Vaccines

Drs. Andeer, Eigner and Milner evaluate every patient to determine his or her vaccine needs.  Typically an indoor cat will be vaccinated with an intranasal upper respiratory virus and feline distemper virus vaccine and a one year, injectable, non-adjuvanted rabies vaccine, but exceptions are made for cats who’ve had bad reactions to vaccines in the past as well as elderly cats or cats with immune deficiencies.

Why do we vaccinate cats, and what do we vaccinate them for?

We vaccinate cats in order to protect them, and in some cases, to protect us as well, from diseases they can contract from other animals. In most cases, our patients will receive a vaccine for upper respiratory viruses and panleukapenia, a potentially fatal viral infection that can wipe out your cat’s white blood cells. This combination vaccine is called FVRCP, and we use nasal drops as a delivery system. The other vaccine we commonly give is for Rabies, a deadly viral infection that is spread between animals and can be contracted by humans.

Why does my cat need a Rabies vaccine if she doesn’t go outdoors?

Because Rabies is a deadly virus that can spread to all mammals (including humans), it is the law that all cats who spend any amount of time indoors be up to date on their Rabies vaccine. If your cat is not vaccinated and bites someone, you could face fines and be forced to either quarantine or even euthanize your pet for Rabies testing. In some counties, cats who present with bite wounds who are not current on their Rabies vaccination could also face quarantine or euthanasia. We feel it’s just not worth the risk to let your kitty’s Rabies vaccine lapse.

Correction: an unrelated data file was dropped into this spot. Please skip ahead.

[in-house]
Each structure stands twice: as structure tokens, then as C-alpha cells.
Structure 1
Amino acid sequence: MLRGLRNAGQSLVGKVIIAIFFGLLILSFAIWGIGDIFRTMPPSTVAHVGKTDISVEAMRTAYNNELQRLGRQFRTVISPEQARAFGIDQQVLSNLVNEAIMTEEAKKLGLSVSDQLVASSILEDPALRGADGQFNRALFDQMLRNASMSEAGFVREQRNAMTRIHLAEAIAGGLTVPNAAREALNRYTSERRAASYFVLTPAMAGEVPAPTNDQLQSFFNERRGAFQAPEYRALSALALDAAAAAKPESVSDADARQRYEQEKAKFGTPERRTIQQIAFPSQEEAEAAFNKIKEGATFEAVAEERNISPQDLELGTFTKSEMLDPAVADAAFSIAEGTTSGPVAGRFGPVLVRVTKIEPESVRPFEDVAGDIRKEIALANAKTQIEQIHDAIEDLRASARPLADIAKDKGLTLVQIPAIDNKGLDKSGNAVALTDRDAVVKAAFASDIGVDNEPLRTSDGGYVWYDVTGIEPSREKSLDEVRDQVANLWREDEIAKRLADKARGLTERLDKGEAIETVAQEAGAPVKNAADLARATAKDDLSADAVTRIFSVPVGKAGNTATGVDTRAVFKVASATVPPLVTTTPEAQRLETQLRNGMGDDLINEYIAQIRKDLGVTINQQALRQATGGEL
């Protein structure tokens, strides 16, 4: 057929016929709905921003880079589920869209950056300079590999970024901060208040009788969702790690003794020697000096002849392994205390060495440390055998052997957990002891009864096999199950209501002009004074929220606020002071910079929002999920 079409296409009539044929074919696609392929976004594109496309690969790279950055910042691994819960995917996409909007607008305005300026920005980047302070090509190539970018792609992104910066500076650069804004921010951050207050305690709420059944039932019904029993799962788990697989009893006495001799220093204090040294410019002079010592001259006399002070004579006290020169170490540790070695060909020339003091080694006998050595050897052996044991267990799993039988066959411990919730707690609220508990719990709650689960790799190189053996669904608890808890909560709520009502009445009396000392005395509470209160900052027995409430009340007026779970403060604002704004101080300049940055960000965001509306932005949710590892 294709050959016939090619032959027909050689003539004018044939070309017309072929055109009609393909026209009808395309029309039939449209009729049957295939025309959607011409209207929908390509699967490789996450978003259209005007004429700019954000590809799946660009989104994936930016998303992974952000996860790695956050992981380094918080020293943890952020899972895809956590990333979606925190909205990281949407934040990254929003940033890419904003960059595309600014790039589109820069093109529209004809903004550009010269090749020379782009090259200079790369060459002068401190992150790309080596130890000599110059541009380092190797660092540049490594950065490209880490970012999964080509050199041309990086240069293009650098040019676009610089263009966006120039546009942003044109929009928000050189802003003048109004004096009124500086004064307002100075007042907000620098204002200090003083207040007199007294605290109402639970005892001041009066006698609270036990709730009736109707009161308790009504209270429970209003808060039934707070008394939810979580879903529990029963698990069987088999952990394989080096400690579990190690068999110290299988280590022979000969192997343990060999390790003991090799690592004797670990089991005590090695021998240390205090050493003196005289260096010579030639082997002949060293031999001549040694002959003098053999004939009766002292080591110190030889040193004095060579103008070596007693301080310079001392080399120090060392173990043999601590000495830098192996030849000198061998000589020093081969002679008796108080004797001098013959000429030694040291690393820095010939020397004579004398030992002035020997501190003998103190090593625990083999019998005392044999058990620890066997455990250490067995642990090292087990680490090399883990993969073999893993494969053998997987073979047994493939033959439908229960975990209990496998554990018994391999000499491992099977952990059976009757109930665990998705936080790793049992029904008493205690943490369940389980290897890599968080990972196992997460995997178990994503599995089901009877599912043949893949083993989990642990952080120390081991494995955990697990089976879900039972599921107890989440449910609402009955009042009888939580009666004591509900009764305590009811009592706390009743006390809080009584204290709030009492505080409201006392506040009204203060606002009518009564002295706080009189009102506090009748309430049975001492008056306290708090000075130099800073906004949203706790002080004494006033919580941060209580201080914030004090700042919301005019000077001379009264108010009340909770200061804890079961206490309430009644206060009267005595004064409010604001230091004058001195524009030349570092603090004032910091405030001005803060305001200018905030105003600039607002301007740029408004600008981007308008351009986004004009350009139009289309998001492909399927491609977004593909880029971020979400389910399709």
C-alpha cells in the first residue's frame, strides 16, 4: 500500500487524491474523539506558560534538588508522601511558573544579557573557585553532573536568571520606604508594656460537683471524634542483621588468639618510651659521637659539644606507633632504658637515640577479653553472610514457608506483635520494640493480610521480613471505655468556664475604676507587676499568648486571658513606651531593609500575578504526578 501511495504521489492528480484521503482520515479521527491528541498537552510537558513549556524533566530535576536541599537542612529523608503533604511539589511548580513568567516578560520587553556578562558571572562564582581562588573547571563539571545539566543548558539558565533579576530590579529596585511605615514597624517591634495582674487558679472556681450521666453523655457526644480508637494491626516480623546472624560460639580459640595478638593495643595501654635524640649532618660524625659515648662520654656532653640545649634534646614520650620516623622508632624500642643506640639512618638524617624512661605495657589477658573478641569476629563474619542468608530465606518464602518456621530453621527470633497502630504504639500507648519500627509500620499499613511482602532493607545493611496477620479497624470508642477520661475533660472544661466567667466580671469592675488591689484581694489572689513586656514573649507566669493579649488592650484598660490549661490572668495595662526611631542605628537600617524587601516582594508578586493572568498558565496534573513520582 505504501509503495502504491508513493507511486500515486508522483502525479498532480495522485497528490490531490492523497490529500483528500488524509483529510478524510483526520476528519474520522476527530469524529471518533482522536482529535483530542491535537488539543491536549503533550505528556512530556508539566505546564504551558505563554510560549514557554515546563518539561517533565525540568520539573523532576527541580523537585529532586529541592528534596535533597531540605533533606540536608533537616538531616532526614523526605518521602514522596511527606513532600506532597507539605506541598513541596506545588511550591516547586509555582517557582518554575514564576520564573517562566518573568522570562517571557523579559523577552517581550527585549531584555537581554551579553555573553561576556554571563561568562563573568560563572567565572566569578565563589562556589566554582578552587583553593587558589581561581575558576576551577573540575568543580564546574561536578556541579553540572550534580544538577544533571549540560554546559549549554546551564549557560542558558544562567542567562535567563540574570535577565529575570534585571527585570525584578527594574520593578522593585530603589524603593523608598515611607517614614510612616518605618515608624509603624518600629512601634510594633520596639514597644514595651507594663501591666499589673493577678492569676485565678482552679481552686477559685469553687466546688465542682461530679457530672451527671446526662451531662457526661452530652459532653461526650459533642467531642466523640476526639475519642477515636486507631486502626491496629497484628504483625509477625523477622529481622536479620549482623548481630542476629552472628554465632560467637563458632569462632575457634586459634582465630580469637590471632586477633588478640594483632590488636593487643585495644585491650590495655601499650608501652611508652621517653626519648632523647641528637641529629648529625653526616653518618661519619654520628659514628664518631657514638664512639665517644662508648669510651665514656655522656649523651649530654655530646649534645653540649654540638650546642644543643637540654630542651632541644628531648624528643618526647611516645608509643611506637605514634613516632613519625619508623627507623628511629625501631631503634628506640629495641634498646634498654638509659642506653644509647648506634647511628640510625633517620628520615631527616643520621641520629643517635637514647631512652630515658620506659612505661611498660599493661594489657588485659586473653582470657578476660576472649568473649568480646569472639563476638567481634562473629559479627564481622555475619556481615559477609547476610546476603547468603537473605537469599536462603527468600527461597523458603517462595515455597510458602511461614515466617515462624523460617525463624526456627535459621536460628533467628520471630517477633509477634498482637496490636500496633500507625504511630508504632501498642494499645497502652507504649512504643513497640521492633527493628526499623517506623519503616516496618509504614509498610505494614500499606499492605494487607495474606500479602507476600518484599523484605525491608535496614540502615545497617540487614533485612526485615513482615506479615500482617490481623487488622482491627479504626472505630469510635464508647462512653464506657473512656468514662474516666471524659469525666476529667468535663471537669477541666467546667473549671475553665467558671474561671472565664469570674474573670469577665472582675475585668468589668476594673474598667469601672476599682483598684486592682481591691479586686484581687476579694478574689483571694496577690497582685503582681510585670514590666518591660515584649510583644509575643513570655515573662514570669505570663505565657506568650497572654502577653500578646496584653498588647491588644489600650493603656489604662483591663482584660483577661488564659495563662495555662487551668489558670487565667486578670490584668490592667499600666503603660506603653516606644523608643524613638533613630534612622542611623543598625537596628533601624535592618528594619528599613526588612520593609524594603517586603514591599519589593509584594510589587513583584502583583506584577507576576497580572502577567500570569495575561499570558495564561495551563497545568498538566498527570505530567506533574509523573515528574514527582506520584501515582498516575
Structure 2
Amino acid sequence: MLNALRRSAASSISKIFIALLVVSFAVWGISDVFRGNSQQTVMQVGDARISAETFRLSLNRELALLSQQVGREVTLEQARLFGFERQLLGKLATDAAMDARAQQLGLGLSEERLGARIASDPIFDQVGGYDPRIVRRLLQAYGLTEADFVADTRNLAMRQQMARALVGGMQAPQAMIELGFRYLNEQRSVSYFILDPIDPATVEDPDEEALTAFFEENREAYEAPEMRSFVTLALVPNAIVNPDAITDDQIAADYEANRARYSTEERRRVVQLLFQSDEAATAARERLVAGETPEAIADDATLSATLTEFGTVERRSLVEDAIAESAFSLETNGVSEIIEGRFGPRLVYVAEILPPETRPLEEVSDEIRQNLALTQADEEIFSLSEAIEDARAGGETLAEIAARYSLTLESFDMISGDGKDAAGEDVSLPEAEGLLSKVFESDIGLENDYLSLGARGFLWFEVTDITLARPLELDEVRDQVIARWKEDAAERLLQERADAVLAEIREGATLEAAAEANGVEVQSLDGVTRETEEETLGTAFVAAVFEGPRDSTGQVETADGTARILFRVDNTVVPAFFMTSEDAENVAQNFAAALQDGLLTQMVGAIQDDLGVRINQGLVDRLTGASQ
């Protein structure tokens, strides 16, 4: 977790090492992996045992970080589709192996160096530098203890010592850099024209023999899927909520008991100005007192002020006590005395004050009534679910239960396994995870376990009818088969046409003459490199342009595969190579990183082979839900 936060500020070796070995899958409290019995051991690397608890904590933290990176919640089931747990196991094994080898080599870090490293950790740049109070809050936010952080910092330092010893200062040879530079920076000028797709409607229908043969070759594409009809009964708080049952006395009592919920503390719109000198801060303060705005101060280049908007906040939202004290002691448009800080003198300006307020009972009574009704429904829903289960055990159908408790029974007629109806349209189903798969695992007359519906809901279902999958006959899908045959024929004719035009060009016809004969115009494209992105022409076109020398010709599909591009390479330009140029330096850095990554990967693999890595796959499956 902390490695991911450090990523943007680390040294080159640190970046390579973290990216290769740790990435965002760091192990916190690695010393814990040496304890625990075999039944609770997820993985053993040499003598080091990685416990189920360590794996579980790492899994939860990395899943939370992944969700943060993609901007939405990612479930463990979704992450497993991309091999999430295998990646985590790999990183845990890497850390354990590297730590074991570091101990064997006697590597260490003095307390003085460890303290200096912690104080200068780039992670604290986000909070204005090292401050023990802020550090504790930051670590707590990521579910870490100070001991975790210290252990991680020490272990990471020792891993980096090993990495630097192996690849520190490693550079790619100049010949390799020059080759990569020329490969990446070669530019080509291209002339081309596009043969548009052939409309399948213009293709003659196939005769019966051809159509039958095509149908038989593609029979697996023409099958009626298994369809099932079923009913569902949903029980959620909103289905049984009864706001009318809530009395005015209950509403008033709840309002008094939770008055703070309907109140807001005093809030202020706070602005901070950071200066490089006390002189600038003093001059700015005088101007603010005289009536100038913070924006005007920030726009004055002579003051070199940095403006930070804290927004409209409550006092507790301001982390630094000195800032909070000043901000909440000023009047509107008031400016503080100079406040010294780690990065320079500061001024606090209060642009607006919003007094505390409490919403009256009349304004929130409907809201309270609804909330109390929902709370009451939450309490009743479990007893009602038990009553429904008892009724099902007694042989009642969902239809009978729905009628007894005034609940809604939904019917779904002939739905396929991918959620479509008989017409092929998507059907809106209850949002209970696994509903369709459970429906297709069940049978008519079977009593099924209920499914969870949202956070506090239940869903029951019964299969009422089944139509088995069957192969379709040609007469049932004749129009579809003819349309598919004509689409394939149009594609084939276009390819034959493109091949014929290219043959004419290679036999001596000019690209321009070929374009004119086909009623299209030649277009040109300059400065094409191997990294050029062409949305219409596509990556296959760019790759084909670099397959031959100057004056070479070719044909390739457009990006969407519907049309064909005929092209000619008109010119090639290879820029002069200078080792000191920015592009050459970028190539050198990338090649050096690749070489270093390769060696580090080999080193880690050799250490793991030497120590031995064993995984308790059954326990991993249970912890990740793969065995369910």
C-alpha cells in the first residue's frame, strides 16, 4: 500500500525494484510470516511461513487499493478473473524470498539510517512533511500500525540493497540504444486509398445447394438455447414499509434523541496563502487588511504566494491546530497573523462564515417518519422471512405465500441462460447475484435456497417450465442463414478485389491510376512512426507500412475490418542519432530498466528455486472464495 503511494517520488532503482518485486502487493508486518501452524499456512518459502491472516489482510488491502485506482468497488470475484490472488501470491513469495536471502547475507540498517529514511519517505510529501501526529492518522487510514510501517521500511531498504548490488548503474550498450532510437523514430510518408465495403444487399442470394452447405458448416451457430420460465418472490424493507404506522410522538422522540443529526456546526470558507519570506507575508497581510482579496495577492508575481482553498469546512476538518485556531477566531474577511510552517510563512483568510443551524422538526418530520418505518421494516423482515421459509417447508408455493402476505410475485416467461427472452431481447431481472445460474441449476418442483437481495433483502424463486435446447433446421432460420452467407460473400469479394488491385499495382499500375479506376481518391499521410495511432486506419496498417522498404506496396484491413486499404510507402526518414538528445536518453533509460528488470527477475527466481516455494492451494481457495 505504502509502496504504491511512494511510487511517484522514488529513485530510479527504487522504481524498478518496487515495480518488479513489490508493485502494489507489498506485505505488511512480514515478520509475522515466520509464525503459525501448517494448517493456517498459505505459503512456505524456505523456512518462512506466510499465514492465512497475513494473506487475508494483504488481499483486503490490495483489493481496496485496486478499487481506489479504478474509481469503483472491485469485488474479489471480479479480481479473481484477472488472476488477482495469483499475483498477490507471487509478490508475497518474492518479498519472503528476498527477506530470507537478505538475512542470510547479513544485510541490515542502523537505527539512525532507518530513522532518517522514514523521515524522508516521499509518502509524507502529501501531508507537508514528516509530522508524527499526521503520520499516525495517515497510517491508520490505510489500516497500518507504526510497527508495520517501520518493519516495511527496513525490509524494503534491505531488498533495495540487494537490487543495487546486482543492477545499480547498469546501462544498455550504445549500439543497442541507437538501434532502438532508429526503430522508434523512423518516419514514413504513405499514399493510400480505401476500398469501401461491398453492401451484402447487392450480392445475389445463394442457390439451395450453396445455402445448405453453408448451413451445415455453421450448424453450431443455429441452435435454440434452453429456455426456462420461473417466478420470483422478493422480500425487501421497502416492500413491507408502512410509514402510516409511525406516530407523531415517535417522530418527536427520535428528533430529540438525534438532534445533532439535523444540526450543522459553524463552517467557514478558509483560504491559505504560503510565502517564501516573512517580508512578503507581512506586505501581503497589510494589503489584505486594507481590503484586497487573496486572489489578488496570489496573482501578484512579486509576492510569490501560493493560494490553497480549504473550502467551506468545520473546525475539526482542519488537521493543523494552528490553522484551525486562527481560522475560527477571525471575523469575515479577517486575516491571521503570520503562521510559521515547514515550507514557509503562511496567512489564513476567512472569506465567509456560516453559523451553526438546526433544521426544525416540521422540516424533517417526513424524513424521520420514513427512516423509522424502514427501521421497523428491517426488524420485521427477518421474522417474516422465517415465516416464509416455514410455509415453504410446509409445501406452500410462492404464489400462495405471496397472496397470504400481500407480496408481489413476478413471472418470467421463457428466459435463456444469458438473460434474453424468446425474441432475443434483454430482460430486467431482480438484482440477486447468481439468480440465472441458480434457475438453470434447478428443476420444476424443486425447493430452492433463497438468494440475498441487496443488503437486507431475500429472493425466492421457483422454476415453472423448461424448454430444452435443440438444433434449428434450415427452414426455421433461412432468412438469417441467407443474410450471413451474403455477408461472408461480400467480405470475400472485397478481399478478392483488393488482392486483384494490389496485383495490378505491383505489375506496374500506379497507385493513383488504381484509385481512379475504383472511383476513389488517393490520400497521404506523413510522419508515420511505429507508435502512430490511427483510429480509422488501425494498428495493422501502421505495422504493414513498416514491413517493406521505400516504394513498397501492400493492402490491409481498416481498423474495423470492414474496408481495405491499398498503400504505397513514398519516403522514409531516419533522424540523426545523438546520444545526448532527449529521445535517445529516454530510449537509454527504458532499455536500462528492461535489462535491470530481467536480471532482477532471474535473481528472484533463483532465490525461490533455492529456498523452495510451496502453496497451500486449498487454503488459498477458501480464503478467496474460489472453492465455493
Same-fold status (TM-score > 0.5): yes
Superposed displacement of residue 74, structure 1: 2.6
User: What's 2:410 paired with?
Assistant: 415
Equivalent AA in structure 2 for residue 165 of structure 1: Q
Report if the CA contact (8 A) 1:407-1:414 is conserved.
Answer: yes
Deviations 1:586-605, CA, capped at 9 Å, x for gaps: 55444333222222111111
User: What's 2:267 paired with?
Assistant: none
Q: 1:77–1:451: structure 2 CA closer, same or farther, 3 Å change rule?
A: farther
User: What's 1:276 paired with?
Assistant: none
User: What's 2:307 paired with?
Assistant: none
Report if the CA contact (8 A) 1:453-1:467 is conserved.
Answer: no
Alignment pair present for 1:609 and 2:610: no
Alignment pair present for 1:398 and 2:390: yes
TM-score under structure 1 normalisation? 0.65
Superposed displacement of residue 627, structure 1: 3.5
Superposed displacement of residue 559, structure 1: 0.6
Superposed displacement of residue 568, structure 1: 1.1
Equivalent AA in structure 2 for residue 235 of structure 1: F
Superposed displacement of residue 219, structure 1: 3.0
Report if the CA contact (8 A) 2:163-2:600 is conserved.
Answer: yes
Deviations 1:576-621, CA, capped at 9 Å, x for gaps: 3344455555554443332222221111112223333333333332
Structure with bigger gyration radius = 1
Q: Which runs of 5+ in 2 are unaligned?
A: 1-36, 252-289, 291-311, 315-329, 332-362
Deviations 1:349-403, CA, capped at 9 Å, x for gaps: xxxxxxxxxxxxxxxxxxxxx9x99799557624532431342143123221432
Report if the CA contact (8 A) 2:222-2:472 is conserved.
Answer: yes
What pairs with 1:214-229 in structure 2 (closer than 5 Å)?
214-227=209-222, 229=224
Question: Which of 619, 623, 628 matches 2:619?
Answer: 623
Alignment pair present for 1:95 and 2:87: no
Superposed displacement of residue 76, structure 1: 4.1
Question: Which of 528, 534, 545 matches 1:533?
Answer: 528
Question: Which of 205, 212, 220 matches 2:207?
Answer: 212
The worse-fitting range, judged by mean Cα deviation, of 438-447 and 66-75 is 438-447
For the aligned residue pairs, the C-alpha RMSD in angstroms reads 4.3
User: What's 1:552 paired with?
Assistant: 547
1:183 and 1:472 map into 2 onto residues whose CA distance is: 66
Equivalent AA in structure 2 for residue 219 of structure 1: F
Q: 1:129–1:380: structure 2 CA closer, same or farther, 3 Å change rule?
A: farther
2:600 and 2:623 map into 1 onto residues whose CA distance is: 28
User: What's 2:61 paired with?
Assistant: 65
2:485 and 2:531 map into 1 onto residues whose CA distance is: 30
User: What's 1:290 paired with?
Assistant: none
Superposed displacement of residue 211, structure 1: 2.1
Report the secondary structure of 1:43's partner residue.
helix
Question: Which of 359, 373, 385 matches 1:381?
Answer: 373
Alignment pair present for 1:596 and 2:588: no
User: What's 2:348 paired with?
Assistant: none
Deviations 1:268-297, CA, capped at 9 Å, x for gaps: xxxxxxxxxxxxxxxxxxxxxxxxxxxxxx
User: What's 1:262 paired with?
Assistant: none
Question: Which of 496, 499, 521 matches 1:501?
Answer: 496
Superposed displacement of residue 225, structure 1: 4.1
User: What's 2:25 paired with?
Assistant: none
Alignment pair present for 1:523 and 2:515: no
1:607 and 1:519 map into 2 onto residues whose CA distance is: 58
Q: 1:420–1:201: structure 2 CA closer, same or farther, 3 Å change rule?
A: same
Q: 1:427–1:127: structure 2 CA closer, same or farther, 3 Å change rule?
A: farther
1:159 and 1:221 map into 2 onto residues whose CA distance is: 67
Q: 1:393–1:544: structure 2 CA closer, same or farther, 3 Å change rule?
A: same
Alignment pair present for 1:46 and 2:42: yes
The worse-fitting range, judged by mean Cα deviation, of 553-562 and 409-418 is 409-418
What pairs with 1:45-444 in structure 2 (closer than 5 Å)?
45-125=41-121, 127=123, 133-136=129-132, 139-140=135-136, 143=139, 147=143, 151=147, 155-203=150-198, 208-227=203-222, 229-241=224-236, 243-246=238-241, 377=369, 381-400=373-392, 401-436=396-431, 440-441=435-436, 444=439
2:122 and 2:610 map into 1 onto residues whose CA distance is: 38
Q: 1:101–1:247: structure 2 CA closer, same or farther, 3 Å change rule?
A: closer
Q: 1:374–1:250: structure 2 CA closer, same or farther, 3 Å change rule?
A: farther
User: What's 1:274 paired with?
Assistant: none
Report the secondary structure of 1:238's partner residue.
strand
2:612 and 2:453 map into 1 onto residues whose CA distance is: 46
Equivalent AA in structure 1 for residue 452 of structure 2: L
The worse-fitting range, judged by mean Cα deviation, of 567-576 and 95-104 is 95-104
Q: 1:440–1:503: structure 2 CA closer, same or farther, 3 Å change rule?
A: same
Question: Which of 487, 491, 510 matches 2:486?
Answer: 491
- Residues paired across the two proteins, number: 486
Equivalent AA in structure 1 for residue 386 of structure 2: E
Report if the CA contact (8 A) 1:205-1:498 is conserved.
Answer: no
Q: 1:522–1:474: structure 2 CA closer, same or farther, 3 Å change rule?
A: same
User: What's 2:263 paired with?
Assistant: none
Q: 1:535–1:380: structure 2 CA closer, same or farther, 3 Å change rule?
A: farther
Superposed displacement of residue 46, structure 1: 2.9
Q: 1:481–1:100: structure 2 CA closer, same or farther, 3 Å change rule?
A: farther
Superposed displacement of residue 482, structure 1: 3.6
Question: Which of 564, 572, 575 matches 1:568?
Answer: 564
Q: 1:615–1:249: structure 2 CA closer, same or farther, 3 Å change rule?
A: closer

What is an adjuvant, and why do you use a non-adjuvanted Rabies vaccine?

An adjuvant is an agent added to a vaccine to stimulate the immune system. Scientific studies have indicated that non-adjuvanted vaccines are recommended in cats due to the adjuvanted vaccines causing more inflammation at the vaccine administration site than the non-adjuvanted vaccines.  Tumors called fibrosarcomas have been linked to vaccine injection sites.  At The Cat Doctor we use a canary pox non-adjuvanted Rabies vaccine called Pure-Vax manufactured by Merial.

Why did you just give my cat a vaccine in her nose?

We use an intranasal FVRCP vaccine to minimize the risk of vaccine-related injection site tumors. Most cats tolerate this vaccine very well, though some will experience some sneezing for seven to ten days after they’re vaccinated.

Should I vaccinate my cat for Feline Leukemia?

In many cases, no. Here in Philadelphia, the majority of our cat population is 100% indoors with no exposure to stray cats or to cats whose FeLV status is unknown. We reserve the use of the feline leukemia virus vaccine for cats who go outdoors or otherwise have potential exposure to feline leukemia virus positive cats.

What can I expect after my cat has been vaccinated?

Many cats will have no outward reactions at all to their vaccinations, but it is not uncommon to see slight lethargy for a day or two after in some cats. The intranasal vaccine can cause sneezing and clear nasal discharge for up to a few weeks after it is given; green or yellow discharge, red or runny eyes, lethargy, and decreased appetite are not normal. With injectable vaccines, it is typical for there to be a small lump at the injection site for a few weeks following vaccination. If this persists for more than a month, gets larger in size, or feels hot to the touch, please contact your veterinarian.

 

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